IRS Encourages Poor Cryptography

I’m not sure what to make of this, or even what it means. The IRS has a standard called IDES: International Data Exchange Service: “The International Data Exchange Service (IDES) is an electronic delivery point where Financial Institutions (FI) and Host Country Tax Authorities (HCTA) can transmit and exchange FATCA data with the United States.” It’s like IRS data submission, but for other governments and foreign banks.

Buried in one of the documents are the rules for encryption:

While performing AES encryption, there are several settings and options depending on the tool used to perform encryption. IRS recommended settings should be used to maintain compatibility:

  • Cipher Mode: ECB (Electronic Code Book).
  • Salt: No salt value
  • Initialization Vector: No Initialization Vector (IV). If an IV is present, set to all zeros to avoid affecting the encryption.
  • Key Size: 256 bits / 32 bytes ­ Key size should be verified and moving the key across operating systems can affect the key size.
  • Encoding: There can be no special encoding. The file will contain only the raw encrypted bytes.
  • Padding: PKCS#7 or PKCS#5.

ECB? Are they serious?

Posted on February 18, 2015 at 6:42 AM53 Comments


Musashi February 18, 2015 7:03 AM

Perhaps this is the new government policy to weaken security to protect us against drug dealers, terrorists and pedophiles…

Z.Lozinski February 18, 2015 7:07 AM

The IBM cryptanalysis of DES showed why ECB is a bad idea. The example used was encrypting a file with a well-defined structure, which is clearly still visible in the ciphertext. That was published in the IBM Systems Journal back around 1980, when we were trying to get the IT industry to understand why crypto and DES were important, and how best to use it.

Clive Robinson February 18, 2015 7:24 AM

Any body remember why Swift ended up moving to Switzerland?

It was because a person friendly to the Bush administration was aranging for all the Swift transaction data to be made available to the US Gov to aid in the war on terror… when the Europeans were made aware of this via the work of PI, the kick back was very large , and the fall out was significant.

Thus I would be suspicious that any such “crypto mistake” would be to the NSA’s or GCHQs advantage, in that they could get the data without asking the IRS etc. Which has all sorts of advantages, especialy in political organisations. Thus it is quite possible the standard designers had the same issues/help NIST did with one of theirs…

wiredog February 18, 2015 7:27 AM

Oh, FFS, guess who else uses ECB? The Department of Defense. Specifically, the Defense Health Service. All the medical records transmitted to/from AHLTA.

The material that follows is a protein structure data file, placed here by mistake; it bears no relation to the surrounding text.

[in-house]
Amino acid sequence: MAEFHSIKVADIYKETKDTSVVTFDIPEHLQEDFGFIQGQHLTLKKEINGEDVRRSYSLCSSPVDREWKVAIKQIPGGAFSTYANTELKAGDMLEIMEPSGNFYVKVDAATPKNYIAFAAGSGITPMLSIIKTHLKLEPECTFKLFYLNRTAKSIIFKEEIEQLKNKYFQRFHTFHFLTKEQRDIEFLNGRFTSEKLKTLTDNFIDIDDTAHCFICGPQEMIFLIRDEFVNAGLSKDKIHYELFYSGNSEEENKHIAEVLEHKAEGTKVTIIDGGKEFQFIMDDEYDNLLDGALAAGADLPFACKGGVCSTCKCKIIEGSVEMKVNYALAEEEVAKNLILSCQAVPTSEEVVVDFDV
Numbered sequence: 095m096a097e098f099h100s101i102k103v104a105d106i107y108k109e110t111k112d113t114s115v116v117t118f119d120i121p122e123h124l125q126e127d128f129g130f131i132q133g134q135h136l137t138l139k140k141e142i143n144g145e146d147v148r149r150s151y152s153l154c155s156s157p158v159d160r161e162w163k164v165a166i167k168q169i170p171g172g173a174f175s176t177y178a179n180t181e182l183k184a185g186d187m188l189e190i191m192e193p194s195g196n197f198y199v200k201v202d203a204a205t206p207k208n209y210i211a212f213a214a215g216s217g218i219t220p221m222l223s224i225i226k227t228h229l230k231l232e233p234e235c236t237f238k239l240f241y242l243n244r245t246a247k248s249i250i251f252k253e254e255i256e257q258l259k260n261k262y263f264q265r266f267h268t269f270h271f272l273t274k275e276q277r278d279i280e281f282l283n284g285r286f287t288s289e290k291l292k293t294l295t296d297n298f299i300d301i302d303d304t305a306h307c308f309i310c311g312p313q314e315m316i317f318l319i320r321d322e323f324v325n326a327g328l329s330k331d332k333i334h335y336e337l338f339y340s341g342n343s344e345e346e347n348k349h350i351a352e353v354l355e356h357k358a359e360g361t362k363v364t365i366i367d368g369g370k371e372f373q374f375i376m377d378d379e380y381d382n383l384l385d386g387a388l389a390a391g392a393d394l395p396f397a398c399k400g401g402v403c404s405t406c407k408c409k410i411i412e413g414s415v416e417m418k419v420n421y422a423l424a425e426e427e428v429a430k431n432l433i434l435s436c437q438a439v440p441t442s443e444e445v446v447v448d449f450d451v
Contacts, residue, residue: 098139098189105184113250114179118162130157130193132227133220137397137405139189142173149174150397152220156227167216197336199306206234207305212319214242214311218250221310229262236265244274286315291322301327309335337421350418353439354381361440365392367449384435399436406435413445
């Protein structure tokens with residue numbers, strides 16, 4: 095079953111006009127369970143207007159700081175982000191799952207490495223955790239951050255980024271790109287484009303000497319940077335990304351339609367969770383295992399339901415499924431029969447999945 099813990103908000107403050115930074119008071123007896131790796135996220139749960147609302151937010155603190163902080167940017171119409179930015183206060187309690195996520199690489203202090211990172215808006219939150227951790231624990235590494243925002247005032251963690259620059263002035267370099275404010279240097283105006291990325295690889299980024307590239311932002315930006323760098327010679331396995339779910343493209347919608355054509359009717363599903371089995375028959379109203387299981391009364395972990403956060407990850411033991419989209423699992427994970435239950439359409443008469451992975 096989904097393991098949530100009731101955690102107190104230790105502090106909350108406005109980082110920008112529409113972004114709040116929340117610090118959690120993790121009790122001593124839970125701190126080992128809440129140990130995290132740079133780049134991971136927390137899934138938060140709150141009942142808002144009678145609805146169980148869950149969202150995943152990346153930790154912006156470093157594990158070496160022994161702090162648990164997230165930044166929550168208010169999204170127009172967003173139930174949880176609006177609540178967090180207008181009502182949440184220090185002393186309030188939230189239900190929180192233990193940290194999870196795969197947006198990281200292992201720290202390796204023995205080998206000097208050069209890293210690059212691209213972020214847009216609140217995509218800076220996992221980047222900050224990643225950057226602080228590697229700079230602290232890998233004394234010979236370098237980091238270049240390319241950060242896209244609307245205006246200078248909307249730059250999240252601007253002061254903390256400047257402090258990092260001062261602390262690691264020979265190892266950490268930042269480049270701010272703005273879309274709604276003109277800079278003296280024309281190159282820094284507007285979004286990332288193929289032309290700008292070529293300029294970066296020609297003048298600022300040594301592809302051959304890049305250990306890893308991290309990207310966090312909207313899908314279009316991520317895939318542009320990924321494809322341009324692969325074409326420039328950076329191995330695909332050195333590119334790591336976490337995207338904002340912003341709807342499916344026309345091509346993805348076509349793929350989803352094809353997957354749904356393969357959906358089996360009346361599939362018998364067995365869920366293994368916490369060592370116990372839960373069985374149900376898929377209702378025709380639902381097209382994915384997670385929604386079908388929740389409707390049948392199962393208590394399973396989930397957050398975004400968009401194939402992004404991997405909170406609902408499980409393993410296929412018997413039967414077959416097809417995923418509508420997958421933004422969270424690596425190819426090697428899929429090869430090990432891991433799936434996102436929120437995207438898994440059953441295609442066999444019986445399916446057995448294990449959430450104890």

Why am I not surprised?

David February 18, 2015 7:37 AM

It might have changed as I’ve not checked recently, but at least one UK government department explictly states that files submitted to them must NOT be encrypted. seems it’s to ensure they (and of course by extension anyone else on the internet) will have no issues reading the data. Would not be an issue were it not that some of the data is actually quite sensitive.

Pope Jenner February 18, 2015 8:19 AM

@wiredog: ECB in AHLTA sounds like bad news. What’s encryption like in the private sector?

Last I see about HIPAA on this blog is from 2005. Can anyone offer current updates on medical privacy/security best practices, especially in light of Snowden’s revelations?

lazlo February 18, 2015 8:37 AM

To me this reeks not of anything underhanded, but purely of someone who does not understand encryption and/or security writing documentation.

65535 February 18, 2015 8:42 AM

“Buried in one of the documents are the rules for encryption:

Cipher Mode: ECB (Electronic Code Book).
Salt: No salt value
Initialization Vector: No Initialization Vector (IV). If an IV is present, set to all zeros to avoid affecting the encryption.
Key Size: 256 bits / 32 bytes ¬ Key size should be verified and moving the key across operating systems can affect the key size.
“*Encoding: There can be no special encoding. The file will contain only the raw encrypted bytes.

“*ECB? Are they serious?” -Bruce S

Whoa, the IRS needs some “serious backward” compatibility – or the government wants to ensure the NSA can “man-in-the-middle” [break the encryption] your tax return on the fly.

Steven February 18, 2015 8:48 AM

The job is to transfer data from here to there. To the people responsible for getting that job done, encryption–and security in general–is an obstacle. They write guidelines like this to minimize the chances that encryption will get in their way. They aren’t recommending ECB with the idea that they–or anyone–will exploit the information that it leaks. They are recommending ECB because it is the simplest, LCD, and therefore most likely to work in practice.